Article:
# Difference between revisions of "2006 USAMO Problems/Problem 5"

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== Problem == | == Problem == | ||

− | A mathematical frog jumps along the number line. The frog starts at 1, and jumps according to the following rule: if the frog is at integer <math> | + | A mathematical frog jumps along the number line. The frog starts at 1, and jumps according to the following rule: if the frog is at integer <math>n </math>, then it can jump either to <math>n+1 </math> or to <math>n+2^{m_n+1}</math> where <math>2^{m_n}</math> is the largest power of 2 that is a factor of <math>n </math>. Show that if <math>k\ge 2</math> is a positive integer and <math>i </math> is a nonnegative integer, then the minimum number of jumps needed to reach <math>2^i k </math> is greater than the minimum number of jumps needed to reach <math>2^i </math>. |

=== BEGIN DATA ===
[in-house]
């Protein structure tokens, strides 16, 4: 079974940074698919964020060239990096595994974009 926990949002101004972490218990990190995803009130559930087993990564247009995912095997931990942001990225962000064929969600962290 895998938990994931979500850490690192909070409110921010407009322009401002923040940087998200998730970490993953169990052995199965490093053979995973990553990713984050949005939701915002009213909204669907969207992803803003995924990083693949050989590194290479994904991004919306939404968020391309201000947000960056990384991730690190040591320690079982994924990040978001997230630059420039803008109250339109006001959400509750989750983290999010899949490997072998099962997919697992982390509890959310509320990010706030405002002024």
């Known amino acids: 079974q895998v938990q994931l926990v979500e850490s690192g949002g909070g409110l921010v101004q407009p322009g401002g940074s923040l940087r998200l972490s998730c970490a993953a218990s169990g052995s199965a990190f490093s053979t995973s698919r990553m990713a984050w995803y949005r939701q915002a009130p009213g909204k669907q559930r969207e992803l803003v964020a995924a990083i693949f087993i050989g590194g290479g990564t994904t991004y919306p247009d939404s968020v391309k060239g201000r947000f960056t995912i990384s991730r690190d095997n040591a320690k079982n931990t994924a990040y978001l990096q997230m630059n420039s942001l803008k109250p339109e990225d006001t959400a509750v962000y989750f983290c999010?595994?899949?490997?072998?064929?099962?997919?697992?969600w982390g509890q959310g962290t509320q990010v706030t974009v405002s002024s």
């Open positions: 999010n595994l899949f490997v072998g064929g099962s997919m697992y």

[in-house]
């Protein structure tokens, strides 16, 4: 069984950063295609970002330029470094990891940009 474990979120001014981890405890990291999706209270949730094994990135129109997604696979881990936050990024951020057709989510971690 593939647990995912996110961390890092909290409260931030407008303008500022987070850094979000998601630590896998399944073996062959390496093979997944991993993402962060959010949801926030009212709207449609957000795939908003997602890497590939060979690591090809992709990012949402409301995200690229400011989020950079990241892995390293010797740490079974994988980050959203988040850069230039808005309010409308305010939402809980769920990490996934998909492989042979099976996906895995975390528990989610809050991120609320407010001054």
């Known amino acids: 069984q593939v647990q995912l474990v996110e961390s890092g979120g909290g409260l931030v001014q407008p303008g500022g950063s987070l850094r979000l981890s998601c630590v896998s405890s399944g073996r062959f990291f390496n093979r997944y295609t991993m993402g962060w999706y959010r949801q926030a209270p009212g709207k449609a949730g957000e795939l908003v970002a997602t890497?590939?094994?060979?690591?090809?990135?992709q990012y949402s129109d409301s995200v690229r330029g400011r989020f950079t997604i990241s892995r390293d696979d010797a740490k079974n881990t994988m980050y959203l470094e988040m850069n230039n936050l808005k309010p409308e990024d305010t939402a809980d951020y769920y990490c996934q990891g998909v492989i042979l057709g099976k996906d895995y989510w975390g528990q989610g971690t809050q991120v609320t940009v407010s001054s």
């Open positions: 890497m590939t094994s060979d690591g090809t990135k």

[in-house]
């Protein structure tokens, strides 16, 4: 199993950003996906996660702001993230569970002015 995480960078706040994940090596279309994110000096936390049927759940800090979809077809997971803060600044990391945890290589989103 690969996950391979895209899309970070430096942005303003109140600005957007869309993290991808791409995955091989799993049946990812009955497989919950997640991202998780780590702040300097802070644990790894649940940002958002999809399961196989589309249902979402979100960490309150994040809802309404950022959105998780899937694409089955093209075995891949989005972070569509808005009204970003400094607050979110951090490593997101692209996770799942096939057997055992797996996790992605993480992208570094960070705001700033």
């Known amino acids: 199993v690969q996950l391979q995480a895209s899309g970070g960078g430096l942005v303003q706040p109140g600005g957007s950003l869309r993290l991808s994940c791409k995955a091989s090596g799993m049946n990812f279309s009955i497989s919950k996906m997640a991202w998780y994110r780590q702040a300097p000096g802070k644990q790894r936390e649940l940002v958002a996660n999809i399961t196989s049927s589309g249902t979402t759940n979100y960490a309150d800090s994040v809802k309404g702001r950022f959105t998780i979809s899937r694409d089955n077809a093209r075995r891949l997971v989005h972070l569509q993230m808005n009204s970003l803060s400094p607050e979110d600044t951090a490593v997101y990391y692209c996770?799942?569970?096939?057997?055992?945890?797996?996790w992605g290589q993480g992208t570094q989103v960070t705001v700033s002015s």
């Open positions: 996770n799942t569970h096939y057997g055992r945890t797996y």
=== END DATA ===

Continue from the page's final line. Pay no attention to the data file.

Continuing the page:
== Solution == | == Solution == | ||

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[[Category:Olympiad Number Theory Problems]] | [[Category:Olympiad Number Theory Problems]] | ||

+ | {{MAA Notice}} |

## Revision as of 13:41, 4 July 2013

## Problem

A mathematical frog jumps along the number line. The frog starts at 1, and jumps according to the following rule: if the frog is at integer , then it can jump either to or to where is the largest power of 2 that is a factor of . Show that if is a positive integer and is a nonnegative integer, then the minimum number of jumps needed to reach is greater than the minimum number of jumps needed to reach .

## Solution

*This problem needs a solution. If you have a solution for it, please help us out by adding it.*

## See Also

The problems on this page are copyrighted by the Mathematical Association of America's American Mathematics Competitions.